The COVID-19 pandemic may have slowed business for the majority, but for local marine search-and-rescue crews, it’s done the exact opposite.
So far this year, RCMSAR5 Crescent Beach crews have been twice as busy as 2019, responding to nearly two dozen call-outs to date, compared to 10 in all of 2019.
And all while trying to navigate the challenges the pandemic has created around raising much-needed funds for training, equipment and maintenance.
“Because of COVID, so many people have – and rightfully so and good – (been) getting outside and doing a lot of things either on the water or near the water,” crew member Kristen Gribble told Peace Arch News.
“But that has also drastically changed our call level, in the whole Peninsula.”
Former station leader Scott Paulhus said Thursday (Nov. 25) that calls this year – 21 so far – have been for adrift or broken-down vessels (nine), searches (seven) and someone in the water (four).
Fortunately, none have ended in tragedy.
One that stands out, however, occurred in January, when the all-volunteer team was tasked to search for a vessel that was drifting into Semiahmoo Bay as the sun was setting.
Two young adults were found two nautical miles from shore, in an inflatable raft that had been rigged with a tarp for a sail, “lots of duct tape and scrap pieces of wood.” They were unable to steer or control where they were going, Paulhus said.
“They were cold, scared and a little embarrassed when we arrived on scene,” he said.
While COVID-19 didn’t stop the team from responding to calls, it did force them to change how they train; with weekly in-class training moving to a virtual format, and on-water training limited to five people or less at a time.
The number of new recruits that could be added to the fold also had to be limited, due to pandemic protocols.
The need for funds, however, has not changed.
Paulhus said while two organizations have “graciously” stepped up with donations, “we are well short of our annual intake.”
Gribble said every RCMSAR unit – there are around 35 in B.C. – is required to fundraise for their station. That effort usually generates around $50,000 per year for the local unit, which has made a tradition of two major events: a rock-and-roll dance that has been held annually for almost two decades, and Ducktona 5000, a rubber duck race staged near the Crescent Beach pier.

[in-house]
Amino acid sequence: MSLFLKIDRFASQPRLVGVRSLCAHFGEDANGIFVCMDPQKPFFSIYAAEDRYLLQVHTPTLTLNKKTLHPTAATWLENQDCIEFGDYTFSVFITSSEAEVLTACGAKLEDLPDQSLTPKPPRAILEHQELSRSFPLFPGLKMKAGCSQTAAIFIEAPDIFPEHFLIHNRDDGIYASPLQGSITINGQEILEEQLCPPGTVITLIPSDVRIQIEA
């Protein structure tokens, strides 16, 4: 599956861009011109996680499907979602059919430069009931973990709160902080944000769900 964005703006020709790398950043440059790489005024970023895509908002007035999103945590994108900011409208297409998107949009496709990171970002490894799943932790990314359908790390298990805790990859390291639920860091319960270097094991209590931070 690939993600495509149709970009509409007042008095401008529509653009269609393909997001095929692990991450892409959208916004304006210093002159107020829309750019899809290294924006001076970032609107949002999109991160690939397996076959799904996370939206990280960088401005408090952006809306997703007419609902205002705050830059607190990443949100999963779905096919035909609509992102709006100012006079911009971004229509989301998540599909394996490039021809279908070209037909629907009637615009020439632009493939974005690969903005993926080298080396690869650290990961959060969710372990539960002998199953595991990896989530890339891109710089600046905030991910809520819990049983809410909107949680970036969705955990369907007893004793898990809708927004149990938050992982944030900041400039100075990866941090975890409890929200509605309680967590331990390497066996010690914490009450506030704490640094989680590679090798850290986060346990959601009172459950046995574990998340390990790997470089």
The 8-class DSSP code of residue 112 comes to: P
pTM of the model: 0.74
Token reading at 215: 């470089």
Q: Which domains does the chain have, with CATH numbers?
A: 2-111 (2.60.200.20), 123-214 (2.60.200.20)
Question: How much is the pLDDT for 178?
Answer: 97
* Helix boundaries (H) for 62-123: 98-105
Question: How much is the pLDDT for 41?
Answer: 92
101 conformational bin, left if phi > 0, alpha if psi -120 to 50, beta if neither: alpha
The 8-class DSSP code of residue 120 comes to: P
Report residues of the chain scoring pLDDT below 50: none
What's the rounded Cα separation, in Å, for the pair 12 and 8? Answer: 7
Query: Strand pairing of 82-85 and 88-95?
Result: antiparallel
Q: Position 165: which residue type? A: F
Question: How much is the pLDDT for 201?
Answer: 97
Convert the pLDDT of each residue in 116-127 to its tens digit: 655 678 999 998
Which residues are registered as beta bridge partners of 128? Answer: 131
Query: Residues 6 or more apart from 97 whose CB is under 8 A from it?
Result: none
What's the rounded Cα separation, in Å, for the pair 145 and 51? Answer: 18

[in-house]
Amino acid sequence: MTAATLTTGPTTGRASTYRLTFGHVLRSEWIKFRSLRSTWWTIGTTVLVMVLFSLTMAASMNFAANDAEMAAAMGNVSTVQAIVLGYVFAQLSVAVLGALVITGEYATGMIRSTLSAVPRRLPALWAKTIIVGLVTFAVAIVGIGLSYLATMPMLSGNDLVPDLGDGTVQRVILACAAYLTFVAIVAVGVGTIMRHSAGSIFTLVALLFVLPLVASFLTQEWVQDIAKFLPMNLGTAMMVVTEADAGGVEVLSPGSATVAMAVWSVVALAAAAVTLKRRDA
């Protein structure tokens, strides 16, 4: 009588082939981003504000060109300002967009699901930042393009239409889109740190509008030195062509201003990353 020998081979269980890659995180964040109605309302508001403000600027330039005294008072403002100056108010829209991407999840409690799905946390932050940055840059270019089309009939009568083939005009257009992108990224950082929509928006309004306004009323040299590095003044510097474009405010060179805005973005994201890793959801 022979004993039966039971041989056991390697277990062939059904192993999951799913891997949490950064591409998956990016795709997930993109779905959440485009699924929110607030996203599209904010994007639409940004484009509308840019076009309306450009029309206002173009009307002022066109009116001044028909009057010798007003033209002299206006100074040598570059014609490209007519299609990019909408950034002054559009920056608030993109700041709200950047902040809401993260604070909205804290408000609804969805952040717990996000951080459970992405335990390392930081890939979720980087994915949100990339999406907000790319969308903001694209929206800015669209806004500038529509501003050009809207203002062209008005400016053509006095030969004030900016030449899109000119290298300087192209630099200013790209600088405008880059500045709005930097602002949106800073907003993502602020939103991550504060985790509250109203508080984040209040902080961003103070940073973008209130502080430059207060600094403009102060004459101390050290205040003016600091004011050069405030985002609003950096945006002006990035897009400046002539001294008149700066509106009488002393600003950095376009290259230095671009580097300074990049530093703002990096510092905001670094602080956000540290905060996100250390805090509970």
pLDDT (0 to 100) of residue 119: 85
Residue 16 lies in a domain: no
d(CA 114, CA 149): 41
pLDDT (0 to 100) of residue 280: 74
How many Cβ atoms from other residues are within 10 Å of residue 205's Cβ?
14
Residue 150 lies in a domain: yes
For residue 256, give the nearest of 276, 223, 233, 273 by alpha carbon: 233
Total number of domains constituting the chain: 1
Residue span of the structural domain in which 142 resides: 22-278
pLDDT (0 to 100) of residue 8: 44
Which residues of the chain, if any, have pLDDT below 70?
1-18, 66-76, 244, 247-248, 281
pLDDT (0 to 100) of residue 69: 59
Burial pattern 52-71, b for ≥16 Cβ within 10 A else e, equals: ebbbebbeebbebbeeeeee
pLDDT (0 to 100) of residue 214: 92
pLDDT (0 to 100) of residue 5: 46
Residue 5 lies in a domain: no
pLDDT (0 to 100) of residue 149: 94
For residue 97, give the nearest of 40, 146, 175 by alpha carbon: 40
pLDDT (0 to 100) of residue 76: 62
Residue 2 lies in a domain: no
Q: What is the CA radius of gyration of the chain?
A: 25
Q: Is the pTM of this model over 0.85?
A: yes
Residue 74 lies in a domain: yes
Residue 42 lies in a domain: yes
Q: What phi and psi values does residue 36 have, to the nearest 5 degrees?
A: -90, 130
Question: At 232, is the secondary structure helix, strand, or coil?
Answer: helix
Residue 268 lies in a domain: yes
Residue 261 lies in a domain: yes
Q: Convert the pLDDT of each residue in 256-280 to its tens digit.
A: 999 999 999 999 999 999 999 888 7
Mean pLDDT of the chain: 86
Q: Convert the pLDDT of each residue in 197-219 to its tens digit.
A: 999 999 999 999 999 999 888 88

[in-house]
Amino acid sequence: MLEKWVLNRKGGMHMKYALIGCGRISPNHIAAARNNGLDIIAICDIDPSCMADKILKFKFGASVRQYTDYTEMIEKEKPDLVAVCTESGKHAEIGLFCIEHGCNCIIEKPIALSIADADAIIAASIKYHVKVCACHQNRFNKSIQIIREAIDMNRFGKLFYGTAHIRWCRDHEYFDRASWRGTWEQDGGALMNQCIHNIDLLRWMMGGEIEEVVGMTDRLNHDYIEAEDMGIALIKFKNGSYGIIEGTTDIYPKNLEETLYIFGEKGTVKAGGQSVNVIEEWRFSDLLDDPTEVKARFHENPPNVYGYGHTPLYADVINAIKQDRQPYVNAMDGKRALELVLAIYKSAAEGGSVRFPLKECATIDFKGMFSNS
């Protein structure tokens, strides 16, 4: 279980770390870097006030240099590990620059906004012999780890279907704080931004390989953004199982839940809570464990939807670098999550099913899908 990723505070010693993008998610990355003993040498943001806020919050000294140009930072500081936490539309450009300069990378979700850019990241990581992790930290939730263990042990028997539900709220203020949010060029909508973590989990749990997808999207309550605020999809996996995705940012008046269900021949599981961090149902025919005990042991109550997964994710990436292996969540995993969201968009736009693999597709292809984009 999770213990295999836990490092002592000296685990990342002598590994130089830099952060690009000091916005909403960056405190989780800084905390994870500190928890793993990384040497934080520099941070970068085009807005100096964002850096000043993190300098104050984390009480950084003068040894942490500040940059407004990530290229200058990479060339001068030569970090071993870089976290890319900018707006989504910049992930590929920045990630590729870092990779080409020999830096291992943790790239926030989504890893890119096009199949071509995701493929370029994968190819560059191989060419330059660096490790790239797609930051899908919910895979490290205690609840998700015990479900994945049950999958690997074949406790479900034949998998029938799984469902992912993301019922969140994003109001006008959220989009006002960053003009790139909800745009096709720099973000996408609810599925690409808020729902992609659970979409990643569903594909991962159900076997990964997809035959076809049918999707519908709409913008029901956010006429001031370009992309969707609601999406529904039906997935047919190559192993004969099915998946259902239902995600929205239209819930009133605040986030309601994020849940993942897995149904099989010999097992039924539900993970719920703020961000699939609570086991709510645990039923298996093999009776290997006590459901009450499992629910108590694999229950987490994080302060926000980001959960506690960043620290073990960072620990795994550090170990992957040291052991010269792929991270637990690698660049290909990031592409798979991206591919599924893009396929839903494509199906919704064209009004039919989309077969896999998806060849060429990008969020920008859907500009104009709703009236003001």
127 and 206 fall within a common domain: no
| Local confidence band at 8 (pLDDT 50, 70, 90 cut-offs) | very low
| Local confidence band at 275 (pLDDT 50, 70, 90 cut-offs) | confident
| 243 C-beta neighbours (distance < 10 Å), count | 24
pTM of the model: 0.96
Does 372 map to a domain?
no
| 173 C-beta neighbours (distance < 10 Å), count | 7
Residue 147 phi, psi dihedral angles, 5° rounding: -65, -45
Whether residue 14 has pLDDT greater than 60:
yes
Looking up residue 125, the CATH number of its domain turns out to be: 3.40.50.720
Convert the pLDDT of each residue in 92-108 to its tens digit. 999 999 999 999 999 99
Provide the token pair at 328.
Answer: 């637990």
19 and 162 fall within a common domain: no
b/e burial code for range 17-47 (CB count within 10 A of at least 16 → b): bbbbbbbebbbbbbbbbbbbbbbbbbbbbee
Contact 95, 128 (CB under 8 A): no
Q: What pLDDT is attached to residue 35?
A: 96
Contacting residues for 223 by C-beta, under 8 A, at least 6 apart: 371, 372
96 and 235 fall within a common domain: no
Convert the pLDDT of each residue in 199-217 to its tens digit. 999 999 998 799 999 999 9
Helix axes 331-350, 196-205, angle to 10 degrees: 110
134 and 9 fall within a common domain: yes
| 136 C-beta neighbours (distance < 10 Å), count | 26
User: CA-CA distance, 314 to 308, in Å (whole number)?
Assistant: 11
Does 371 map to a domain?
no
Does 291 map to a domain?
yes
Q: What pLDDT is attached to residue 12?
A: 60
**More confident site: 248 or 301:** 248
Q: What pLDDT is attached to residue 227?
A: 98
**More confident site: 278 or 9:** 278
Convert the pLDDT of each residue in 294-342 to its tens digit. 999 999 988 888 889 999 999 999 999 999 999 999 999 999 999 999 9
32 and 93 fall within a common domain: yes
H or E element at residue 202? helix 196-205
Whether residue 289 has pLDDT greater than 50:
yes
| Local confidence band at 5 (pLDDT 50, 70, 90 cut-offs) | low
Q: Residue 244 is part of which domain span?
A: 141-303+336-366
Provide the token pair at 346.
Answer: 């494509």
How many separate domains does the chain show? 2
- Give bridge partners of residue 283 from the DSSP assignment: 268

Typically, the unit also receives gaming grants.
Gribble said the unit’s finances are in reasonable shape at the moment, but with fundraising opportunities severely limited by the pandemic – all of their community events were cancelled – and word that gaming grants will be “significantly less,” the future is looking less bright.
“We are OK, but next year’s going to be difficult,” she said.
“We rely heavily on fundraising to keep our station up and running.”
Fuel is one of the unit’s biggest regular expenses, she said. This year, funds also went to a refit of their primary rescue vessel, Protector. After being out of commission for more than six months while work was done – during which time the crew used its secondary vessel, Vigilant, for call-outs – it returned to service in early November.
Gribble emphasized that local support for the unit has always been strong, and major campaigns that enabled the acquisition of each rescue vessel are was just two examples of that.
“We are fortunate in the community we live in,” Gribble said. “Most stations don’t have what we have.”
To help keep costs down this year, crew members – there are approximately 30 who have committed to being on-call 24/7 for one week per month – have been sharing equipment where possible, but that’s challenging with things like dry suits, due to the tight fit. One of the suits on its own, with no extras, costs up to $1,500, Gribble said. Fully equipped, that tab is “pushing $2,000.”
The Semiahmoo Peninsula Marine Rescue Society was formed specifically to raise funds for the Crescent Beach unit.
Anyone wishing to help support the team may do so online at www.rcmsar5.ca/donate
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